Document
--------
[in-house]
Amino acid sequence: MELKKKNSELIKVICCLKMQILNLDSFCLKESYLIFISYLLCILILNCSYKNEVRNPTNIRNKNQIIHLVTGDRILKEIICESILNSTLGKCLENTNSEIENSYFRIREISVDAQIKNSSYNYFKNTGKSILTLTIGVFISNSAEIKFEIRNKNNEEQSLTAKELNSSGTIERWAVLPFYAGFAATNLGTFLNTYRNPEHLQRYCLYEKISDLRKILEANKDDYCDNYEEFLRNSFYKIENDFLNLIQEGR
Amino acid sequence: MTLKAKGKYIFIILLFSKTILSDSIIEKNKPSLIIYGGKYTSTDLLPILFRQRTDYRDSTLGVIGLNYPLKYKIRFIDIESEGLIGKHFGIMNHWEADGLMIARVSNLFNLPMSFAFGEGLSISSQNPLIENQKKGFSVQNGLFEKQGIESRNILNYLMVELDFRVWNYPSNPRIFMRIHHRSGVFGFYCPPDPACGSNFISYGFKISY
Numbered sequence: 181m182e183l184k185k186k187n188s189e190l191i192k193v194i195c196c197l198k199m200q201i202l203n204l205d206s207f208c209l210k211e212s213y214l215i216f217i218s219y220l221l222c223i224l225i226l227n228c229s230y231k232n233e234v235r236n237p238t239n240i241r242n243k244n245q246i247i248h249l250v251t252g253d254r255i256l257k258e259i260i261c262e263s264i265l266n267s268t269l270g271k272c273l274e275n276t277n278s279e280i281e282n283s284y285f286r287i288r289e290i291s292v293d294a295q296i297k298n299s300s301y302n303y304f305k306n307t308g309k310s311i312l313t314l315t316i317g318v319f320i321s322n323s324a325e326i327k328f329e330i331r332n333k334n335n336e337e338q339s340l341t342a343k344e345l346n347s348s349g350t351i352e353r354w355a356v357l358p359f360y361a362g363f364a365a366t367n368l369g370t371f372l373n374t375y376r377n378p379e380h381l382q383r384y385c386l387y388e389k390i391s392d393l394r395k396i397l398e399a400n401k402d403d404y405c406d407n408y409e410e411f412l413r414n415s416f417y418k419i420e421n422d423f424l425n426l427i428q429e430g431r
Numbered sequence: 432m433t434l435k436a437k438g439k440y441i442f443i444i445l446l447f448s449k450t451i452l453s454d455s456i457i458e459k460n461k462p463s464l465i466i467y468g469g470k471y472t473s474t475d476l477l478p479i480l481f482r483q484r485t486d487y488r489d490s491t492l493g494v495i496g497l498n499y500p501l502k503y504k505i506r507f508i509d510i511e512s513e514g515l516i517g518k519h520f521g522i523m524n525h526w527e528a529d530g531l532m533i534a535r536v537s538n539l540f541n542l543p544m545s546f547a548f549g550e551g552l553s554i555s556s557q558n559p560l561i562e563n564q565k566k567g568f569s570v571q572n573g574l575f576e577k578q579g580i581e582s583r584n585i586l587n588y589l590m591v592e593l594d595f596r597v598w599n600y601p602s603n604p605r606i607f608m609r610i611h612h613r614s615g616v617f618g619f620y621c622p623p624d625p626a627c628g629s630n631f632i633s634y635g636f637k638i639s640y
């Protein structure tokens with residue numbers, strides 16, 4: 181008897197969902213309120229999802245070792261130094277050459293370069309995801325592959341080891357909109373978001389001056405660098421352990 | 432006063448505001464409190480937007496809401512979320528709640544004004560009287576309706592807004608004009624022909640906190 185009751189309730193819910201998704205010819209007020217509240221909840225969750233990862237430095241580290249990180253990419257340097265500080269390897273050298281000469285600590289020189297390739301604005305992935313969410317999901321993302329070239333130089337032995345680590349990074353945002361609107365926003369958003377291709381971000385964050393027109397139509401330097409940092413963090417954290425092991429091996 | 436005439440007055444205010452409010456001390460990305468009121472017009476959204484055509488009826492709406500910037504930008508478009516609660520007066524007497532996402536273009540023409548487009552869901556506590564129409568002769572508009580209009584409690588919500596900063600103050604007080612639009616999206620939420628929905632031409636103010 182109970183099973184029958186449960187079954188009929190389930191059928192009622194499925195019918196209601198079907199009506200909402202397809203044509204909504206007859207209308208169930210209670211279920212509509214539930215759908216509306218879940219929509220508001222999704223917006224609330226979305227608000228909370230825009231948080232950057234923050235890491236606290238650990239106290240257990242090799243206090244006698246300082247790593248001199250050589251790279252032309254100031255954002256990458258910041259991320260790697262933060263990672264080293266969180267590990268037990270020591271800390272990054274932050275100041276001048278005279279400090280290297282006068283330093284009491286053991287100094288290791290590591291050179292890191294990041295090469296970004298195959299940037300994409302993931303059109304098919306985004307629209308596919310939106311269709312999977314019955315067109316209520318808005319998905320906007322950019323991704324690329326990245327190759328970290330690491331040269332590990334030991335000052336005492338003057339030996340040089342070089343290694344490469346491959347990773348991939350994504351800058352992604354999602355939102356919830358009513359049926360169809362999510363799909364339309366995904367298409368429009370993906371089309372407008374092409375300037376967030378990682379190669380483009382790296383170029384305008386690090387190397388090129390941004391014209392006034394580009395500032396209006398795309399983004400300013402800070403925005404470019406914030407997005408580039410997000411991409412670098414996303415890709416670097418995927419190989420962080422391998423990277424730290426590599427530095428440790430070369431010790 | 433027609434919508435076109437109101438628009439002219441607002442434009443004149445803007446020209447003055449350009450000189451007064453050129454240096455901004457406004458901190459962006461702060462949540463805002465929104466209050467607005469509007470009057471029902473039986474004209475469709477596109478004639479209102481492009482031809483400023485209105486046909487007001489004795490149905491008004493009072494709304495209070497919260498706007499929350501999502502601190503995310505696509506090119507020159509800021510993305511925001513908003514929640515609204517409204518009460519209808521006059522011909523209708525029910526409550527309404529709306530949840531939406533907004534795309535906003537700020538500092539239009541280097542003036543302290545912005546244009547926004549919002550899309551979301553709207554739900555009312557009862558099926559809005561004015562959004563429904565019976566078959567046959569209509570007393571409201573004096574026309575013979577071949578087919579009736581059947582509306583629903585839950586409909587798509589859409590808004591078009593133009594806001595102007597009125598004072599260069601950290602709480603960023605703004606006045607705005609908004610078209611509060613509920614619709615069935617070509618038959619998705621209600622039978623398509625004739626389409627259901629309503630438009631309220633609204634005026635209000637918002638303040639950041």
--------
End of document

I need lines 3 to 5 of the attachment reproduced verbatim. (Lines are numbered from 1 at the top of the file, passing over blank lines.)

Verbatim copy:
Amino acid sequence: MTLKAKGKYIFIILLFSKTILSDSIIEKNKPSLIIYGGKYTSTDLLPILFRQRTDYRDSTLGVIGLNYPLKYKIRFIDIESEGLIGKHFGIMNHWEADGLMIARVSNLFNLPMSFAFGEGLSISSQNPLIENQKKGFSVQNGLFEKQGIESRNILNYLMVELDFRVWNYPSNPRIFMRIHHRSGVFGFYCPPDPACGSNFISYGFKISY
Numbered sequence: 181m182e183l184k185k186k187n188s189e190l191i192k193v194i195c196c197l198k199m200q201i202l203n204l205d206s207f208c209l210k211e212s213y214l215i216f217i218s219y220l221l222c223i224l225i226l227n228c229s230y231k232n233e234v235r236n237p238t239n240i241r242n243k244n245q246i247i248h249l250v251t252g253d254r255i256l257k258e259i260i261c262e263s264i265l266n267s268t269l270g271k272c273l274e275n276t277n278s279e280i281e282n283s284y285f286r287i288r289e290i291s292v293d294a295q296i297k298n299s300s301y302n303y304f305k306n307t308g309k310s311i312l313t314l315t316i317g318v319f320i321s322n323s324a325e326i327k328f329e330i331r332n333k334n335n336e337e338q339s340l341t342a343k344e345l346n347s348s349g350t351i352e353r354w355a356v357l358p359f360y361a362g363f364a365a366t367n368l369g370t371f372l373n374t375y376r377n378p379e380h381l382q383r384y385c386l387y388e389k390i391s392d393l394r395k396i397l398e399a400n401k402d403d404y405c406d407n408y409e410e411f412l413r414n415s416f417y418k419i420e421n422d423f424l425n426l427i428q429e430g431r
Numbered sequence: 432m433t434l435k436a437k438g439k440y441i442f443i444i445l446l447f448s449k450t451i452l453s454d455s456i457i458e459k460n461k462p463s464l465i466i467y468g469g470k471y472t473s474t475d476l477l478p479i480l481f482r483q484r485t486d487y488r489d490s491t492l493g494v495i496g497l498n499y500p501l502k503y504k505i506r507f508i509d510i511e512s513e514g515l516i517g518k519h520f521g522i523m524n525h526w527e528a529d530g531l532m533i534a535r536v537s538n539l540f541n542l543p544m545s546f547a548f549g550e551g552l553s554i555s556s557q558n559p560l561i562e563n564q565k566k567g568f569s570v571q572n573g574l575f576e577k578q579g580i581e582s583r584n585i586l587n588y589l590m591v592e593l594d595f596r597v598w599n600y601p602s603n604p605r606i607f608m609r610i611h612h613r614s615g616v617f618g619f620y621c622p623p624d625p626a627c628g629s630n631f632i633s634y635g636f637k638i639s640y